Sept 13 (Reuters) - Goldman Sachs Group Inc (GS.N) has ended a two-year training program for recent college graduates after running it for a quarter century as the U.S. investment bank found it was not meeting its aim of retaining new talent.
Goldman’s decision came after the New York bank fired a handful of analysts over the past year for signing on to work at other financial companies in violation of their contracts.
“We think the historic two-year program is no longer the best approach for hiring and developing the careers of analysts in our banking and investment management divisions,” Goldman Sachs spokesman David Wells told Reuters.
Wells said that making this change will allow Goldman “to emphasize the longer-term career opportunities available at the firm.”
He added that Goldman will continue to provide the skills and time needed to understand the company’s businesses.
By doing away with the two-year program, Goldman will not have to commit to keeping analysts and paying them for a set period of time. That gives the firm flexibility to cut analysts sooner if their work is not up to par, or if it has to cut costs.
Likewise, analysts can leave to take another role at a competitor whenever they choose if they decide Goldman is not the right place for them.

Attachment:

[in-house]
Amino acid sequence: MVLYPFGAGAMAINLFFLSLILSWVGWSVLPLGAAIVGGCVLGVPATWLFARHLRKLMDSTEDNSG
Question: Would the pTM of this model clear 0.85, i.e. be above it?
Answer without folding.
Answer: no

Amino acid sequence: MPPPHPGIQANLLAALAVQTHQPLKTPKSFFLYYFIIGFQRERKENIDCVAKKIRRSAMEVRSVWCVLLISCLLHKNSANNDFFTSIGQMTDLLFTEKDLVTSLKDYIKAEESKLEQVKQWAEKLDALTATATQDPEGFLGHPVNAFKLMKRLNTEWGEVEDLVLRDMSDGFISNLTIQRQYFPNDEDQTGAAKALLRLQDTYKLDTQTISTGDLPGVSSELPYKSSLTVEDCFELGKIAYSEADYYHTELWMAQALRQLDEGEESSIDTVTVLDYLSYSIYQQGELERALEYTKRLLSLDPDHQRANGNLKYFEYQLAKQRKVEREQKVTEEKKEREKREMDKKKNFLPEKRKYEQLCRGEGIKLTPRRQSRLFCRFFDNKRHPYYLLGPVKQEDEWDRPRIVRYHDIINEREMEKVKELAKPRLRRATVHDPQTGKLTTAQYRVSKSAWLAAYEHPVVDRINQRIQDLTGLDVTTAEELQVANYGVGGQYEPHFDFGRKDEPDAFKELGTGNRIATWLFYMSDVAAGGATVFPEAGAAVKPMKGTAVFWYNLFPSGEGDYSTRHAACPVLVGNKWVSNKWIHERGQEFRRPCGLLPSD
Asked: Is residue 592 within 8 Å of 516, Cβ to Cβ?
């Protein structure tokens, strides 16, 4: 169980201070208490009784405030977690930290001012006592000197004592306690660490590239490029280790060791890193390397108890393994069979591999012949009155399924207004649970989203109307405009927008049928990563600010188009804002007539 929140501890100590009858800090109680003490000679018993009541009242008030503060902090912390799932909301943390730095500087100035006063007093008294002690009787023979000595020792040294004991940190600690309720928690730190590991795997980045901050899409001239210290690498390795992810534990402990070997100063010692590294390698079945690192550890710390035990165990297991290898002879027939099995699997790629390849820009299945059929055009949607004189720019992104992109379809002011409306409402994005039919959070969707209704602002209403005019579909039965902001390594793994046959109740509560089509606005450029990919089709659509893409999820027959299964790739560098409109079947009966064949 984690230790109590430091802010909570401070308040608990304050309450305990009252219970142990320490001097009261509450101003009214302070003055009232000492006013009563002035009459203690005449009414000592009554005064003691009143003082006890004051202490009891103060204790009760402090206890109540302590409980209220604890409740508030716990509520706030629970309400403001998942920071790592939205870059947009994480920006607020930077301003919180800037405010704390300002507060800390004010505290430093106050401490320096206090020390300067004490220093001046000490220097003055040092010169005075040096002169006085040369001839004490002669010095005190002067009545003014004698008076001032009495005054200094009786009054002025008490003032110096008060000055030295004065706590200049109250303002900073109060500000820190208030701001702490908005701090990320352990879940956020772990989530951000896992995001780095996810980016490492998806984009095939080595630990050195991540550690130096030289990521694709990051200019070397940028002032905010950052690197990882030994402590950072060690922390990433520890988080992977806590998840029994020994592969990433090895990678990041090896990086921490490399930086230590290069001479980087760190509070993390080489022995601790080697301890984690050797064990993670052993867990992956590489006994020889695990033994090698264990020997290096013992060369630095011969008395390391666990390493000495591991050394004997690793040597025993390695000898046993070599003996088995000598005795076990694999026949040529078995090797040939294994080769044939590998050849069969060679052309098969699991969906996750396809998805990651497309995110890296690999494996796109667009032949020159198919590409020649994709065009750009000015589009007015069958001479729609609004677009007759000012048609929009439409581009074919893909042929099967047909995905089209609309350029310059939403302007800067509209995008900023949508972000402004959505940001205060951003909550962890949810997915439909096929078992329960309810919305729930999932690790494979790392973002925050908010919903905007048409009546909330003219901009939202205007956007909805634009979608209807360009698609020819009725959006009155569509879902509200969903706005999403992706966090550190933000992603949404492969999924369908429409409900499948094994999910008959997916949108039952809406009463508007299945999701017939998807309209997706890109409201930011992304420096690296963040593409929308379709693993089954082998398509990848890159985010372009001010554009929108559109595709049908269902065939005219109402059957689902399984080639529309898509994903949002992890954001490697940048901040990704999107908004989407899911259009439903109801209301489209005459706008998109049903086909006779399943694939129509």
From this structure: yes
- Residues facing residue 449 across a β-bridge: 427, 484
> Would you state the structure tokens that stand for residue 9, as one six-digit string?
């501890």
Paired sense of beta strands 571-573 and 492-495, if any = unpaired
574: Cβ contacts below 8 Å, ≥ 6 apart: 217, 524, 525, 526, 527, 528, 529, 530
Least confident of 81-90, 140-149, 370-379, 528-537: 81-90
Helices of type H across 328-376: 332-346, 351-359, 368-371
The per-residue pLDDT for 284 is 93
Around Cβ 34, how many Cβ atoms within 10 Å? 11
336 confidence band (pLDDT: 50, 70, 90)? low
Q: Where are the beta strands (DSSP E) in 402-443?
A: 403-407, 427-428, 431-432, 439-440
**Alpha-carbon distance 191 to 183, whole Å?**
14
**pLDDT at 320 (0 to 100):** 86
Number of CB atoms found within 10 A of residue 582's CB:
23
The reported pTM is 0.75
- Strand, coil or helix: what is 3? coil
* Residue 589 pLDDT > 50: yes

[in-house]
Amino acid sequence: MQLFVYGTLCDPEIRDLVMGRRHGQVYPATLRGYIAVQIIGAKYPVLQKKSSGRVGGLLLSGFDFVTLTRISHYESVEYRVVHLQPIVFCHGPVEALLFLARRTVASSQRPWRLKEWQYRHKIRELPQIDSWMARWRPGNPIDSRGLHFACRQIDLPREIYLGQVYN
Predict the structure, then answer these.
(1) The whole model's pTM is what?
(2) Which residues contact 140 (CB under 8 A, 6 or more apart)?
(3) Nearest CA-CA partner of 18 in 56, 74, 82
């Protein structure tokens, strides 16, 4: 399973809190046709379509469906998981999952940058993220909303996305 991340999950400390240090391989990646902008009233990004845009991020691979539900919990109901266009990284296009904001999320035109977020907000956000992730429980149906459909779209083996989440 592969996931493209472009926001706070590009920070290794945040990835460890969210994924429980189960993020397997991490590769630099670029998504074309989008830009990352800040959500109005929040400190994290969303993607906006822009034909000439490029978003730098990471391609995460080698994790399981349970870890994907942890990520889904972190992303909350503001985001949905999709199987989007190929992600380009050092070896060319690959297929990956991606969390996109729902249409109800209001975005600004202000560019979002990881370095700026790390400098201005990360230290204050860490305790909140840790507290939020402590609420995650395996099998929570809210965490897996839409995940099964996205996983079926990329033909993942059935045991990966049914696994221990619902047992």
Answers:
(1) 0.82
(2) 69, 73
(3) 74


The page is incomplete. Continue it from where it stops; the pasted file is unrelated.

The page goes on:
Analysts who start work in 2013, will no longer be eligible for the two-year program, Wells said.
The changes in Goldman’s analyst program was first reported by the Wall Street Journal.
(Reporting by Lauren Tara LaCapra in New York and Sakthi Prasad in Bangalore; Editing by Muralikumar Anantharaman)
((firstname.lastname@example.org)(within U.S. +1 646 223 8780)(outside U.S. +91 80 4135 5800)(Reuters Messaging: email@example.com)) Keywords: GOLDMANSACHS ANALYSTPROGRAM/
C Reuters 2012. All rights reserved. Republication or redistribution of Reuters content, including by caching, framing, or similar means, is expressly prohibited without the prior written consent of Reuters. Reuters and the Reuters sphere logo are registered trademarks and trademarks of the Reuters group of companies around the world.